Blog Post: How to report on violence against ethnic minority women responsibly
Chair of Saheliya, Shruti Jain, spoke at our event on how journalists can better work with ethnic minority women’s organisations to tell accurate stories of violence against ethnic minority women.
It’s no secret that Scotland is lacking in ethnic diversity. Though we like to portray Scotland as the progressive, inclusive country that didn’t vote for Brexit, issues of racial inequality and discrimination, and low levels of representation are still prevalent.
We can see this in the news: stories of ethnic minority women are rarely covered, and when they are, there is a lack of awareness and care towards reporting these issues. But this won’t change until journalists make the effort to shift their focus from catchy, editorial articles that sell, to accurately reporting on ethnic minorities.
We at Zero Tolerance recently hosted an event for journalists, investigating the issues around ‘Reporting Violence Against Minority Ethnic Women’. At the event, Shruti Jain spoke about her experience with journalists as Chair of Saheliya.
Saheliya is an organisation that seeks to promote the wellbeing and mental health of minority ethnic women in Scotland. Their vision is to dismantle the pervasive structural inequalities faced by minority ethnic women including refugees and asylum seekers.
What are the problems with the way journalists contact potential sources?
As an organisation that interacts with vulnerable individuals, journalists often contact Shruti to provide the organisation’s perspective, or to put journalists in touch with women who have experienced racial and gendered discrimination and abuse. But there are often challenges with journalists’ methods and expectations.
Working to tight deadlines, journalists expect last-minute answers from these organisations and individuals. This overlooks the challenges and risks that are involved in recounting personal experiences, such as traumatisation, online abuse, and risking relationships within the community. Shruti noted that journalists do not always respect personal boundaries, especially by reaching out to her personally through Twitter, instead of through the organisation. The absence of consideration towards the impact on the women, their local community, and the workload of ethnic minority women’s organisations can create tension with journalists and result in a lack of engagement. This ultimately perpetuates the harmful racial inequality present within the media and, therefore, wider society.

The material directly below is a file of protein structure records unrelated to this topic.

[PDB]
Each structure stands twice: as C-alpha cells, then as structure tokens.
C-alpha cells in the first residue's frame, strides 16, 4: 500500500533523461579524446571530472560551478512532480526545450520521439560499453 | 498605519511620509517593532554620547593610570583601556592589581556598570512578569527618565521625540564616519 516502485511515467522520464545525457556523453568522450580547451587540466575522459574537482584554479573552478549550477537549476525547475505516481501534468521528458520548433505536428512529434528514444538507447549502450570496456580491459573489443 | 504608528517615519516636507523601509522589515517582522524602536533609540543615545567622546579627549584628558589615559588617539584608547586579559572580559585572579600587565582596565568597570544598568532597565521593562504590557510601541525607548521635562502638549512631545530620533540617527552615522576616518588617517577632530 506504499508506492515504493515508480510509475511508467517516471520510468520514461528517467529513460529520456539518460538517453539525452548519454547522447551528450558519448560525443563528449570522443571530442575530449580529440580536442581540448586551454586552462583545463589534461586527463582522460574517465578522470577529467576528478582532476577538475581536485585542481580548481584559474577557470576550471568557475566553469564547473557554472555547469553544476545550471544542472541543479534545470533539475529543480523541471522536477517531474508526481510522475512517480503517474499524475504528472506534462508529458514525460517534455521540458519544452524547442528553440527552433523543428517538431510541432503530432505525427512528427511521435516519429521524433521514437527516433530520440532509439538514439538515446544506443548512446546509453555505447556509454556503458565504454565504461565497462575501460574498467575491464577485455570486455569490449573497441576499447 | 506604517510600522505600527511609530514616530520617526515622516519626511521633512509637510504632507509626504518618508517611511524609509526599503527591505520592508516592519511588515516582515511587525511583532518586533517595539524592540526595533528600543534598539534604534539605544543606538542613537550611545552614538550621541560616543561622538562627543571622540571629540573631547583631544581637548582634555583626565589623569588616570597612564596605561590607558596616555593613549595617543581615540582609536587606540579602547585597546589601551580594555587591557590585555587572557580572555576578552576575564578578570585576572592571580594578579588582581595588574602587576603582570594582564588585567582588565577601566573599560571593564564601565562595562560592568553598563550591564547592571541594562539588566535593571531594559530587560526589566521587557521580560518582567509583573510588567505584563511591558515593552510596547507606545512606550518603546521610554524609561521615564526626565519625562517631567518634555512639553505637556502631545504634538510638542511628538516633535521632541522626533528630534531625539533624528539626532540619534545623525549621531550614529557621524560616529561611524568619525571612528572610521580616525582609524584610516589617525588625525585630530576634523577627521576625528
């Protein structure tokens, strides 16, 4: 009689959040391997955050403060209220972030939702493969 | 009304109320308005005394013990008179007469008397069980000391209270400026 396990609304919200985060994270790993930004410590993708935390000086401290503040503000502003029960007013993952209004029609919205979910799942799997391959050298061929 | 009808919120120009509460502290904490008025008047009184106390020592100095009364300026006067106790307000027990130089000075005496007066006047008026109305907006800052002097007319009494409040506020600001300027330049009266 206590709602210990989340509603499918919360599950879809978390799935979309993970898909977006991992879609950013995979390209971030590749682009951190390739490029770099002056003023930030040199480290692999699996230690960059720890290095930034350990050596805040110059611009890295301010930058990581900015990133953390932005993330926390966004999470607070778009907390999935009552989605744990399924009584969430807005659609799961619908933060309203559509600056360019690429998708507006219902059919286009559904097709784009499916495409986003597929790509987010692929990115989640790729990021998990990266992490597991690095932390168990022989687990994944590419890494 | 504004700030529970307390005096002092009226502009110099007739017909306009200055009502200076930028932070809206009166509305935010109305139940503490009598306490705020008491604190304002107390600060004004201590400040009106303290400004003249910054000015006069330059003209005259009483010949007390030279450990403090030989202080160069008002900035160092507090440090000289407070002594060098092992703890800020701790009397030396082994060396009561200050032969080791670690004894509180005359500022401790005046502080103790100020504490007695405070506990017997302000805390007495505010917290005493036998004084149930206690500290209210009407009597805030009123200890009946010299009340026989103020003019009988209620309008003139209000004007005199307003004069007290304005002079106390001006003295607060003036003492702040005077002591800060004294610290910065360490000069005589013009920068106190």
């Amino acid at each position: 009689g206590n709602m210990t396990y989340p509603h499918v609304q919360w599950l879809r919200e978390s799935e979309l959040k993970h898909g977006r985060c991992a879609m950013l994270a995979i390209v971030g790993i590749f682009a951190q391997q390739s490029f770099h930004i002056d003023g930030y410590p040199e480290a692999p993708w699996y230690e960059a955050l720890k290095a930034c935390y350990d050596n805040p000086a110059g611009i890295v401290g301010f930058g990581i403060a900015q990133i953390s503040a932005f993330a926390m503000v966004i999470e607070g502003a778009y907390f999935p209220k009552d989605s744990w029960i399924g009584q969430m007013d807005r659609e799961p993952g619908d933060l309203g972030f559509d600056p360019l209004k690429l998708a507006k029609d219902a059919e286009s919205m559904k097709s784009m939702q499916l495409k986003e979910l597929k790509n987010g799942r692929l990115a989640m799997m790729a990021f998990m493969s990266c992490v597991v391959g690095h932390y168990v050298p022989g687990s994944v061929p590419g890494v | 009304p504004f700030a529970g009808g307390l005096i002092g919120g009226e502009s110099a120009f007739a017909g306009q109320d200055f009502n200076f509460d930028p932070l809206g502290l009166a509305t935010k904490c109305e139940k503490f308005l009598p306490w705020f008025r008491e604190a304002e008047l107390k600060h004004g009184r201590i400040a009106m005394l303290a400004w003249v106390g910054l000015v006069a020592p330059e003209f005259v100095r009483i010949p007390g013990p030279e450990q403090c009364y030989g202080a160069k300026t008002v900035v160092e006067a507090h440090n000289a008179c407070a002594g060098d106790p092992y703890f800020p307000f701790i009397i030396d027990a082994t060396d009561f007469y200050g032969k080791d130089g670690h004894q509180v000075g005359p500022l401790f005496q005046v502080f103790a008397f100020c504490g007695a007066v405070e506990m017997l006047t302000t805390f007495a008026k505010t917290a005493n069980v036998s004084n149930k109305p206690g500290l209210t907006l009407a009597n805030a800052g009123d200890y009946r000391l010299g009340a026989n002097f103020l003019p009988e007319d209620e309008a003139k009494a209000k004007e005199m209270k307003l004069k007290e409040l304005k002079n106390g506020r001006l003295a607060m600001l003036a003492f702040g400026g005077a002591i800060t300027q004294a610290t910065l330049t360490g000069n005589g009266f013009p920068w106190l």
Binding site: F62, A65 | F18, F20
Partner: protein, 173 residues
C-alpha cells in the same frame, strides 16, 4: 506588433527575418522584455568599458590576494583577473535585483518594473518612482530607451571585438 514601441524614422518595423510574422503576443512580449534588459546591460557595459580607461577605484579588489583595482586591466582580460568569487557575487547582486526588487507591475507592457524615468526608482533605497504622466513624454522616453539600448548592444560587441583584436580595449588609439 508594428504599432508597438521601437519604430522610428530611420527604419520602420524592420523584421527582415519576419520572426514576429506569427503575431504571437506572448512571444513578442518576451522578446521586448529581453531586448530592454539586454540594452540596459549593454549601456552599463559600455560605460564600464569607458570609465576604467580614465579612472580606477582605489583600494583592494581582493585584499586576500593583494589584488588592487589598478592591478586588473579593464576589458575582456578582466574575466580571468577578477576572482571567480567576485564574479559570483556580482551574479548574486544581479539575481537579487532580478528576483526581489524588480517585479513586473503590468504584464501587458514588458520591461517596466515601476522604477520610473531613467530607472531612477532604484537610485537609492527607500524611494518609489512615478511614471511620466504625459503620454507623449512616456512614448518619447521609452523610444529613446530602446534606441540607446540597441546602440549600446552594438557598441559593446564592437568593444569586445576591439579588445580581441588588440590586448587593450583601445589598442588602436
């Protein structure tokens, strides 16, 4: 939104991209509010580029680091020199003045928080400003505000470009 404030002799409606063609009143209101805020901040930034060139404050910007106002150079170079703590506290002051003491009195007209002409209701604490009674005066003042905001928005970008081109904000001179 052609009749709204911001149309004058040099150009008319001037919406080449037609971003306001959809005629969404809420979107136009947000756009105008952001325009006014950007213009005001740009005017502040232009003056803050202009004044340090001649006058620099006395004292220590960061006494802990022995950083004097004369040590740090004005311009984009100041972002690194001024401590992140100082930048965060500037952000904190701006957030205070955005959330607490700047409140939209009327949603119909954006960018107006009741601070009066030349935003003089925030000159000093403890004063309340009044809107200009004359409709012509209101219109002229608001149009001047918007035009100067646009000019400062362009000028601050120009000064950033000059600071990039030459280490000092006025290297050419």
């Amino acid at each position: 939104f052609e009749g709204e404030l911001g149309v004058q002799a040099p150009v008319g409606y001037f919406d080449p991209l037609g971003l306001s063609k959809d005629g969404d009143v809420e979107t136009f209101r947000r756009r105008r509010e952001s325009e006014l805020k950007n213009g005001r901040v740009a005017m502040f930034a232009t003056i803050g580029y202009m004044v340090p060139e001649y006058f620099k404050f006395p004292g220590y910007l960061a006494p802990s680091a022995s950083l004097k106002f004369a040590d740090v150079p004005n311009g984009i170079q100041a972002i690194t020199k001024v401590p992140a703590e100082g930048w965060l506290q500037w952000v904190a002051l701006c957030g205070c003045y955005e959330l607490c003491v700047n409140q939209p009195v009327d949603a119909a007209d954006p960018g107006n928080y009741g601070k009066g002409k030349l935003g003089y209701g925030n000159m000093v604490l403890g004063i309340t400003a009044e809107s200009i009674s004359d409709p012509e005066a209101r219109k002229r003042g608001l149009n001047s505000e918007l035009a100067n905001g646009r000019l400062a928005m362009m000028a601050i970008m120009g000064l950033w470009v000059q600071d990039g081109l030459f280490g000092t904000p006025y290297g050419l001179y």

However, Shruti makes clear: these issues do not mean that the media shouldn’t listen to ethnic minority women or make sure their stories are represented.
How can journalists better include ethnic minority women in their reporting?
Journalists need to work at creating connections with organisations within the women’s sector, getting involved with feminist training and creating relationships that can mutually support one another. They can improve this relationship by familiarising themselves on violence against ethnic minority women and best practice of reporting. It is essential that support is put in place for any woman who is willing to share their story - before, during and after the process. And when reaching out for potential sources, it is essential that any survivors and experts are paid for their journalistic involvement — an issue that is growing in popularity. This should not be at a token rate.
As well as this, by training themselves and their team with intersectional approaches to journalism and research, journalists can deconstruct this systemic media-bias from within. Media in the UK need to up their game by employing ethnic minority women in their workforce, making space for marginalised voices to be a part of the mainstream and not an occasional feature.
Overall, Shruti calls for journalists, editors, and any other role within the media to bring compassion to their role. The power media professionals have to influence cultural change is enormous. Use it for good, honest, and supportive approach that can ultimately change society for the better.
We know you’re overworked, under pressure, and very busy. But we also know that what you say matters. With every story on violence against women there is an opportunity to stop it happening again. Visit our advice for journalists to learn more.
How to report on violence against ethnic minority women responsibly:
- Commit to writing more about violence against ethnic minority women and diverse stories — not just on International Women’s Day or during Black History month.
- Publish positive stories of ethnic minority women who survived abuse to avoid stereotyping, misrepresentation, or belittling survivors.
- Use and share our media guidelines on violence against women.
- Think about how you can better support interviewees (aftercare packages).
- Build relationships with women’s organisations that are experts on VAWG and that support ethnic minority women. We have a directory of contacts within the women’s sector.
- Don’t stigmatise any ethnic, cultural, or racial group.
- Include helplines at the end of articles. We have a list of helplines on our website.